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working hard is not the same as suffering

I’m going to say something a little revolutionary here: it’s possible to work hard without feeling absolutely terrible.

I think our culture gets this confused a lot. We think that if we are working hard, itshould feel and look like we are working hard. Furrowed brow, sweat, exertion, maybe some angry noises. Does that sound right to you?

In fact, we’re often rewarded for the appearance of hard work: “Wow, you’ve really been working hard;” “I can see how much effort you’re putting in!” At one point in my banking career, I recall being promoted to management and being told that I was expected to be at the office more than 40 hours a week– even if I wasn’t actually working while I was there. The appearance of working hard was just as important as (maybe even more important than?) the actual results.

I believe that being seen working hard is a virtue that encourages us to exert ourselves unnecessarily. This dynamic is really common at the gym, working with a trainer, and even in the yoga studio.

The thing is, if folks think they should be working hard, or if their trainer, coach or community encourages it– they will screw up their face, open their mouth to breathe, use their whole body and psyche to really push.

It’s true that if we really need to exert a max effort or are trying to break a personal record, we will benefit from using whole-body tension (irradiation). We might have to change our breathing or make an involuntary grunt. The rest of the time, though– it’s possible to work hard without a lot of extra “I’m-working-hard-drama.”

There’s no inherent benefit in starting with tension, grunting, and labored breathing. Even when we’re working our hardest, it’s possible to be relatively calm; to breathe through our nose; and to be using the most efficient muscular actions, rather than gripping everything we’ve got as a knee-jerk reflex. Sure, we might sweat, get our heart rate up, have a hard time holding a conversation, but we don’t have to be really feeling miserable in our bodies.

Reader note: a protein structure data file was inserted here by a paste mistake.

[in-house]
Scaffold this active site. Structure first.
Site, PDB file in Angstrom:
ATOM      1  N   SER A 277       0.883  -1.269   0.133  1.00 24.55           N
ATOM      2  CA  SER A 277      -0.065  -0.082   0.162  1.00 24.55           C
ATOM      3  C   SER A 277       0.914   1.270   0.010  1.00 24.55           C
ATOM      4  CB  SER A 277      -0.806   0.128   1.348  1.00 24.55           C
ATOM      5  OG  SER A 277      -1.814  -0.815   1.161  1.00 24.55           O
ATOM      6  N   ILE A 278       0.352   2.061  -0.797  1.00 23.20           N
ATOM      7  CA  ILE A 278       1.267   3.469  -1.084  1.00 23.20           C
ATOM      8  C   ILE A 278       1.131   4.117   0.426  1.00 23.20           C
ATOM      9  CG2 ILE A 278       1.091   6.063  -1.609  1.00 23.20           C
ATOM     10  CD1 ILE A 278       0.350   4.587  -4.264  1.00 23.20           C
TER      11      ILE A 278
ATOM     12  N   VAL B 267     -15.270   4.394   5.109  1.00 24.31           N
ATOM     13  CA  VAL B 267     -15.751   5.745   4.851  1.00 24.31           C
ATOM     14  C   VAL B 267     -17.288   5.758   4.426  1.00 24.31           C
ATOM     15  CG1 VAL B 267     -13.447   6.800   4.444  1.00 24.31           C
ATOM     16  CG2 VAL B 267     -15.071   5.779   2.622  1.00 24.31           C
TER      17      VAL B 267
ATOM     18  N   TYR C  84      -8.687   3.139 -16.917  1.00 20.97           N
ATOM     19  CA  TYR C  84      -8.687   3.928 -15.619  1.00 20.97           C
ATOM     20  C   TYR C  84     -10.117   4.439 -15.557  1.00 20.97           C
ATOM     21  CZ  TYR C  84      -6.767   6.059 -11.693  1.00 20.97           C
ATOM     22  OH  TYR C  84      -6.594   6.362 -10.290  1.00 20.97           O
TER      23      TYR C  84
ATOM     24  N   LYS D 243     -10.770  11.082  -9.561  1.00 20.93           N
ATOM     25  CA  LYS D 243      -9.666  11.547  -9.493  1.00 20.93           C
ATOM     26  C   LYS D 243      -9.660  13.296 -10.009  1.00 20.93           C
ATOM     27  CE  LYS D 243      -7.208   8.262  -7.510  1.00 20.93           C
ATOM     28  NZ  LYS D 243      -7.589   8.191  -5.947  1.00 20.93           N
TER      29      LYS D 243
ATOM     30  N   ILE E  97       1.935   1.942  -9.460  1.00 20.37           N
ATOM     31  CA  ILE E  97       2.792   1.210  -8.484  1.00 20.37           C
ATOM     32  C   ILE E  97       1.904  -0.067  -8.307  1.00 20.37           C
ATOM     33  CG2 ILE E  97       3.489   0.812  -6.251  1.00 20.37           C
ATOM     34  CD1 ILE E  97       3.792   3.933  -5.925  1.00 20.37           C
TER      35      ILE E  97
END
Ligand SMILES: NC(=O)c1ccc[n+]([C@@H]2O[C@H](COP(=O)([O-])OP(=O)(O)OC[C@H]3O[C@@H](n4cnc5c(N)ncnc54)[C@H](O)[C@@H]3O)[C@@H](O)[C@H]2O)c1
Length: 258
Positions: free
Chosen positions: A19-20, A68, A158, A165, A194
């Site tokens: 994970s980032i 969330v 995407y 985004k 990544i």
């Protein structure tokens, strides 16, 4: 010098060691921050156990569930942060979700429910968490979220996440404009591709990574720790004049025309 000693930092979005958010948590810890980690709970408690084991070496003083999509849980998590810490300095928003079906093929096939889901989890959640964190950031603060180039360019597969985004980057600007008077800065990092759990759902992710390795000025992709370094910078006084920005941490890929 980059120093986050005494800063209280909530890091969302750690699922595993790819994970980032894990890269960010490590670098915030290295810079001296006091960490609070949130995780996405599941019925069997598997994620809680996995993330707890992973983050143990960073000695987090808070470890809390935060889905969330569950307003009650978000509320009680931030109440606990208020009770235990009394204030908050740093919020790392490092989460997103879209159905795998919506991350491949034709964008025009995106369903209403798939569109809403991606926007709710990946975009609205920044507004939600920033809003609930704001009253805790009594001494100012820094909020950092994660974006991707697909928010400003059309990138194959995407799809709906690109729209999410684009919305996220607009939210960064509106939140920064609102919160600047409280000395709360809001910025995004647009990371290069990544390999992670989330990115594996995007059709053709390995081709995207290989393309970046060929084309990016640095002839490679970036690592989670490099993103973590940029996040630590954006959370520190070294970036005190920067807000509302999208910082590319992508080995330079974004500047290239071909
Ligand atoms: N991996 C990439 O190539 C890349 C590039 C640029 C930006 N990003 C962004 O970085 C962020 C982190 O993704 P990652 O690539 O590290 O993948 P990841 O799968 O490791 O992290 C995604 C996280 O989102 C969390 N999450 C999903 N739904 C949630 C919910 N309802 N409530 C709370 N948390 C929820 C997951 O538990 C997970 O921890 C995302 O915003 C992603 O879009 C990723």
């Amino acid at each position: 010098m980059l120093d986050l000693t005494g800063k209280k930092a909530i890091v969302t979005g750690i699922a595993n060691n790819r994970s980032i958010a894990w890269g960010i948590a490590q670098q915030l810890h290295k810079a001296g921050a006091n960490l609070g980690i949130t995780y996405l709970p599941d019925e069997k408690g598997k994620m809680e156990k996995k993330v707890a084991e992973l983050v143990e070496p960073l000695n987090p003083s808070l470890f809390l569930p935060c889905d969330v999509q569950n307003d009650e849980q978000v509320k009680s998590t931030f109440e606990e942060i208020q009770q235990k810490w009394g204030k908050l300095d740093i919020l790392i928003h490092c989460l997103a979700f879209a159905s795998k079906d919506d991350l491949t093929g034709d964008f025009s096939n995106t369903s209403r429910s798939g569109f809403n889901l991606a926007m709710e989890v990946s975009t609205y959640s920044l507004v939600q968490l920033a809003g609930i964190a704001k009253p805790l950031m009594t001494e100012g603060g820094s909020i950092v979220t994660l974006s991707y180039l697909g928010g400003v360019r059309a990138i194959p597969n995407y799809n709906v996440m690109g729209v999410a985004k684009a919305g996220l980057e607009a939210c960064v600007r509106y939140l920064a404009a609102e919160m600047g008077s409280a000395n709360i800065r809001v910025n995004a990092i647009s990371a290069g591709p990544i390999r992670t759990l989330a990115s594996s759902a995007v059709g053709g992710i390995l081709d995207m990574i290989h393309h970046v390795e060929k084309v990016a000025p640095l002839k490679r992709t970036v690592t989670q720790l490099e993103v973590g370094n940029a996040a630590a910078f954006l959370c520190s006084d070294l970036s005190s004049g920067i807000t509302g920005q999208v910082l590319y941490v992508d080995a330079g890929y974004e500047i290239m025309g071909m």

This “less-effortful effort” can be something that takes time to learn, especially if we’re in the habit of feeling like hard work should feel really hard. For some people, this might mean learning to stop when they’re in pain. I’m not talking about the discomfort of muscle burn, but a range of motion that is painful in your joints or an injury that you’re accustomed to working through. Working through this kind of pain is actually detrimental in most cases. Instead, try working up to the range of motion that feels pain-free. You can still get lots of good work done there.

Learning to nose-breathe during your training is another way to encourage less suffering and calmer affect– and to be more efficient, aerobically. The next time you find yourself “needing” to open your mouth, try slowing down and maintaining nose-breathing instead. Over time, your ability to nose-breathe throughout your practice will increase.

The benefits of working hard without suffering include greater sustainability, greater pleasure, and greater joy in movement. When we have to over-exert, when we have to mouth-breathe, when we feel a sense of urgency in our bodies, we’re outside of our window of capacity. Learning to work within our window of capacity– what our systems are able to tolerate without feeling unsafe or unstable– helps us to expand that window.

For folks with a history of anxiety or trauma, this is a game-changer. It teaches us how to be activated without being out of control; better able to handle difficult situations without needing to freak out. We can work hard mentally and emotionally, firm in our convictions, strong in our boundaries, ready to do what needs to be done– and still feel settled and steady.

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